So what about going up? Spec’d with a 22-36 front and 11 – 36 10 speed rear, the bike is a climbers delight. I’ve lost count of the trails I’ve been able to ride up courtesy of this bike when others have long since been off and carrying. Sit and spin for the win is the key. There is simply too much weight in the wheels to try and muscle your way up a climb but once you are in a rhythm, you quickly forget the weight and come to appreciate the sublime levels of traction on offer. Lines that I thought would prove impossible have proven not to be. Confirmation came on Jacob’s Ladder when I was forced to put my money where my mouth is and rode the Peak’s toughest climb in the company of mountain biking legend, Nick Craig. You can read about that little adventure in Issue 109.
As with all test bikes, bits wear out. At the very end of the test, one of the teeth in my freehub lost a tiny bit of metal which meant the end of my ride. Fortunately, it was relatively cheap and easy to fit a replacement freehub when I returned home. The front lower headset bearings have gone a bit gritty but are still rideable. Finally, to my great surprise, the press fit bearings on the bottom bracket have only now started to develop a little play. I had significant reservations about these at the start of the test but they have lasted extremely well with no creaking or groaning to speak of.
Mentioned in despatches
Special mention should go to the Surly Mr Whirly chainset and Sunrace 10 speed cassette. These have proven to be exceptionally hard wearing. Towards the end of the test period, I decided to fit a 20 tooth inner ring. With several thousand kilometres of riding in the drivetrain, I should have been on a hiding to nothing but to my delight, the new ring worked perfectly with the original chain and cassette. Try doing that with a one by set up! The Shimano shifters and mechs have performed flawlessly while the Avid Guide RS brakes continue to work without recourse to a re-bleed. I have had spectacularly poor experiences with Avid Elixir brakes of old so kudos to them for finally making a product that works reliably.
Upgrades along the way
In terms of upgrades, I made a few changes. The rigid seatpost was the first to go – the Truck is the kind of bike that makes you want to attack the trail thus I fitted a dropper post nabbed from another bike early doors. I replaced the stock Velo saddle with a WTB SST at the same time, not for comfort reasons but simply because I couldn’t be bothered swapping over saddles as the WTB was attached to my dropper post! Finally, I had the chance to test a set of Jones Loop bars and liked them so much that I never went back to the Salsa flat bars that came supplied with the bike. They just really suit the bikes character offering both all day comfort and a reassuring control, both up and down.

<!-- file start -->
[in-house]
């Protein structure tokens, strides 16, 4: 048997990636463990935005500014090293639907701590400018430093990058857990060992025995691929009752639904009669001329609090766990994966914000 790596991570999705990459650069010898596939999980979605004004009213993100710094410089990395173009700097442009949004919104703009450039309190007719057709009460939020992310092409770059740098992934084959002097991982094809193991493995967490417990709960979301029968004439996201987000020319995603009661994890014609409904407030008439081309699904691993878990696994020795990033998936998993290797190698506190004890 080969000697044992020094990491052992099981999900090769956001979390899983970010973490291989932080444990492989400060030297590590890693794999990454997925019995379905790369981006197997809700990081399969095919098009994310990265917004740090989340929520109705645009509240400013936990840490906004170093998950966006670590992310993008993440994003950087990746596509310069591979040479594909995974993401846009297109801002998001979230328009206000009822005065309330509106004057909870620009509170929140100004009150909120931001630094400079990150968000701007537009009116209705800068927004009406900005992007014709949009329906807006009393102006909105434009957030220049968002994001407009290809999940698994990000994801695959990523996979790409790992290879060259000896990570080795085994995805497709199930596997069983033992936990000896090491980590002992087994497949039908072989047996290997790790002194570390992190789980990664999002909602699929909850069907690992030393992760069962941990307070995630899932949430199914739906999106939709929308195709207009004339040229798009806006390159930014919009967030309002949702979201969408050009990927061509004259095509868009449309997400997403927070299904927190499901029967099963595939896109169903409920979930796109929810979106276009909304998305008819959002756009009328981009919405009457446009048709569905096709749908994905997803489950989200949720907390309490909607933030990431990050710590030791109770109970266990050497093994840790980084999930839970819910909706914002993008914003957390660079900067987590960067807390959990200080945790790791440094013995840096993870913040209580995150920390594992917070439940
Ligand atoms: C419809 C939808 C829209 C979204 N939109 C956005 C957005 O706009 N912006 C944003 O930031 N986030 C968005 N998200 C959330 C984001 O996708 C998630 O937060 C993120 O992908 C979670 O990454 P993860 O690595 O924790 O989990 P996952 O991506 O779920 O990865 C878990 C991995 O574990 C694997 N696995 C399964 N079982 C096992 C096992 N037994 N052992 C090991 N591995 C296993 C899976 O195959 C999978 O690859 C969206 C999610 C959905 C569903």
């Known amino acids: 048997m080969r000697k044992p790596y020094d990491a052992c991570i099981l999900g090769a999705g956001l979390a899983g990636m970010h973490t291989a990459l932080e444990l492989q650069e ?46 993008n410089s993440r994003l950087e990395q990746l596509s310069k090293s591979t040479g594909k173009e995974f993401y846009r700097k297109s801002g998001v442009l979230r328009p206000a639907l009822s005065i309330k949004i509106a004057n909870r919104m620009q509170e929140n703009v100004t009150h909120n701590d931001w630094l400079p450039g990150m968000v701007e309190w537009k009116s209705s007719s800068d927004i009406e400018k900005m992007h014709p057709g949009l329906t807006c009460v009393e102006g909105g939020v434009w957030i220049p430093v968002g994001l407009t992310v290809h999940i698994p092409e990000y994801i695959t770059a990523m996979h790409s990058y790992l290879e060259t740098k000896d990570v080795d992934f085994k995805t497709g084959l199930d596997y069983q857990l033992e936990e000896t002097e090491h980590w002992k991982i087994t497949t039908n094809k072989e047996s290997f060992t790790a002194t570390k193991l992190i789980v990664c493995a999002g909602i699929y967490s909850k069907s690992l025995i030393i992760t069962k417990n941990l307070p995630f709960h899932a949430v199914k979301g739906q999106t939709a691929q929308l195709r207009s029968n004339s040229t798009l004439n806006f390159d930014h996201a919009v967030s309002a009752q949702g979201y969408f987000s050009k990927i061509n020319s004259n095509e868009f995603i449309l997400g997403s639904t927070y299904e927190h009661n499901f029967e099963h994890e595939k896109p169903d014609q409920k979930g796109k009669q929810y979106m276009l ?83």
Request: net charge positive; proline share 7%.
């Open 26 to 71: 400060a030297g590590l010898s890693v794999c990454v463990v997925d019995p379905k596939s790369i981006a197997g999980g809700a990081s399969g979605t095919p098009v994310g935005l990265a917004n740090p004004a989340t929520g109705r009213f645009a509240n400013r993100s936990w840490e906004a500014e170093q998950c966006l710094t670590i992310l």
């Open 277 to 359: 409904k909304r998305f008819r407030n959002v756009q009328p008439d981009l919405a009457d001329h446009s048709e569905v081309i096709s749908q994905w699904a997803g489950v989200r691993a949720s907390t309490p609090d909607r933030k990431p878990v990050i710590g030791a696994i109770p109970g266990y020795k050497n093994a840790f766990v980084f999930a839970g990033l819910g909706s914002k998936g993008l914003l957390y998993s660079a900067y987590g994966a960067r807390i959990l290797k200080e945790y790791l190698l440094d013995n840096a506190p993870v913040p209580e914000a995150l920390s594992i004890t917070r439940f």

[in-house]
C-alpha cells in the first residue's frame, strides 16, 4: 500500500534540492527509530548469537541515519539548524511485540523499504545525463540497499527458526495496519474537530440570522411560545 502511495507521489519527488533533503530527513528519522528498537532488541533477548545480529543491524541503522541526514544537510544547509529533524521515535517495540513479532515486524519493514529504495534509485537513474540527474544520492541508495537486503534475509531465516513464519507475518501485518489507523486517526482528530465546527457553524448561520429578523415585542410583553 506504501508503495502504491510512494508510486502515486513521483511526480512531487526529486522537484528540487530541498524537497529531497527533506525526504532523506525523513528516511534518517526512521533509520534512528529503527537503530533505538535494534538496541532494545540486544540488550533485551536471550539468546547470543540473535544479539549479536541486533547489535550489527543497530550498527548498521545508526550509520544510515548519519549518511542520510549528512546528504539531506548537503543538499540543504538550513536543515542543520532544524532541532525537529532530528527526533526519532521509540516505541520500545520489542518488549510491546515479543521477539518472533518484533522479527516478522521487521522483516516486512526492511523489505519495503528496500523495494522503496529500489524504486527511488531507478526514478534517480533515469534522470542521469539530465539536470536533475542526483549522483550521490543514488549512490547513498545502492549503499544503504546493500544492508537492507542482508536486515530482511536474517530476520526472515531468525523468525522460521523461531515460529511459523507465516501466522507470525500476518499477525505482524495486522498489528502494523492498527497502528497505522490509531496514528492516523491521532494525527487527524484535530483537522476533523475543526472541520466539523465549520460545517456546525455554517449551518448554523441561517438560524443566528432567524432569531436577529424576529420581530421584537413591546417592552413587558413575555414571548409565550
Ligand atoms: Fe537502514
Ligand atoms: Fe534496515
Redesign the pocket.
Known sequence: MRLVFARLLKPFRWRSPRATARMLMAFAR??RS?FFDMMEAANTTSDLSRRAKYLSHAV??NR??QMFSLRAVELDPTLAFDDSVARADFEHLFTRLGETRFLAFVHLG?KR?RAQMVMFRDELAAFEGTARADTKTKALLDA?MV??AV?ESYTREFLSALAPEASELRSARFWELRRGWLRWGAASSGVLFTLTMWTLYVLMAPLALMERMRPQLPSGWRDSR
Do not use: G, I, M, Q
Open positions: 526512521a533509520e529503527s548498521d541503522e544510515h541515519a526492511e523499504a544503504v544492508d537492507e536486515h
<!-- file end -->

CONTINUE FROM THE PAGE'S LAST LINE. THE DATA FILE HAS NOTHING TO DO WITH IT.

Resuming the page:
Just as fun when skinny
Not so much an upgrade as a dipping of ones toe into uncharted plus size waters, I experimented with a 29 plus set up on the Truck mixing 50 mm rims with Surly Dirt Wizard tyres. Having previously ridden a Surly Krampus on several occasions, I immediately felt at home with the Truck in this guise. It was noticeably quicker and spritelier than when in full fat form and very much reminded me of a Krampus, so much so that my notion to buy a Krampus was quickly abandoned as I only needed to swap the wheels on my Truck for the same ride experience. Having the option of one frame that can offer two different ride experiences is one I found very appealing.
Parting is such sweet sorrow
So the time has finally come to move on and say goodbye to the Truck. Has it proven its worth as my only mountain bike? Absolutely! Despite the extreme nature of its design, it has proven to be a bike that I have come back to again and again and been impressed by just how capable a performer it is. Despite having the option of several much lighter and notionally faster bikes to ride, the Truck has found a place in my riding heart. At this point, I was going to write how sad I would be to see it go but that just ain’t going to happen. Having reached my short arms into my deep Scottish pockets, I’ve bought the bike as it’s just too much fun to see it go back. In terms of recommendations, I can’t think of a more fitting one.
Once you get your head around the weight and looks, the Ice Cream Truck offers incredible levels of performance in a variety of terrain from big mountain rides to family pootles. It’s not a bike for everybody but if you are open to it, don’t be surprised if you succumb to its charms and your other bikes end up gathering dust. It is without doubt the best bike I have ever had the pleasure of riding. I love it!